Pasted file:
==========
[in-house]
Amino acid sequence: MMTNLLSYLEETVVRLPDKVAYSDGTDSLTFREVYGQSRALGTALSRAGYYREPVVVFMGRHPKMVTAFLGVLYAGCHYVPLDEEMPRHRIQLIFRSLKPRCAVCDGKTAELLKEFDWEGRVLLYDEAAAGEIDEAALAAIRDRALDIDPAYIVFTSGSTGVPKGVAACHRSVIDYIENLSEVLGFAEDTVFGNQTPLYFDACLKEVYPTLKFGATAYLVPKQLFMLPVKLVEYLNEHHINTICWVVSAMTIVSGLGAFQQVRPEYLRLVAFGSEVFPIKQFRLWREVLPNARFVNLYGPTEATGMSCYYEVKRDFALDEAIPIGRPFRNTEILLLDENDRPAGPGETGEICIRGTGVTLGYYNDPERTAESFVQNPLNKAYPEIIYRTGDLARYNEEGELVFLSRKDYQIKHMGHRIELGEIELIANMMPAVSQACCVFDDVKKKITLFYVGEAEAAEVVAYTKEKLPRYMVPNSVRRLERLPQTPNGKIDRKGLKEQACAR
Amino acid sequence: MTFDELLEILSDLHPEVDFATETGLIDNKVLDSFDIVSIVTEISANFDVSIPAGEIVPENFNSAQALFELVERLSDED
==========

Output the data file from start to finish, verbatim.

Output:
[in-house]
Amino acid sequence: MMTNLLSYLEETVVRLPDKVAYSDGTDSLTFREVYGQSRALGTALSRAGYYREPVVVFMGRHPKMVTAFLGVLYAGCHYVPLDEEMPRHRIQLIFRSLKPRCAVCDGKTAELLKEFDWEGRVLLYDEAAAGEIDEAALAAIRDRALDIDPAYIVFTSGSTGVPKGVAACHRSVIDYIENLSEVLGFAEDTVFGNQTPLYFDACLKEVYPTLKFGATAYLVPKQLFMLPVKLVEYLNEHHINTICWVVSAMTIVSGLGAFQQVRPEYLRLVAFGSEVFPIKQFRLWREVLPNARFVNLYGPTEATGMSCYYEVKRDFALDEAIPIGRPFRNTEILLLDENDRPAGPGETGEICIRGTGVTLGYYNDPERTAESFVQNPLNKAYPEIIYRTGDLARYNEEGELVFLSRKDYQIKHMGHRIELGEIELIANMMPAVSQACCVFDDVKKKITLFYVGEAEAAEVVAYTKEKLPRYMVPNSVRRLERLPQTPNGKIDRKGLKEQACAR
Amino acid sequence: MTFDELLEILSDLHPEVDFATETGLIDNKVLDSFDIVSIVTEISANFDVSIPAGEIVPENFNSAQALFELVERLSDED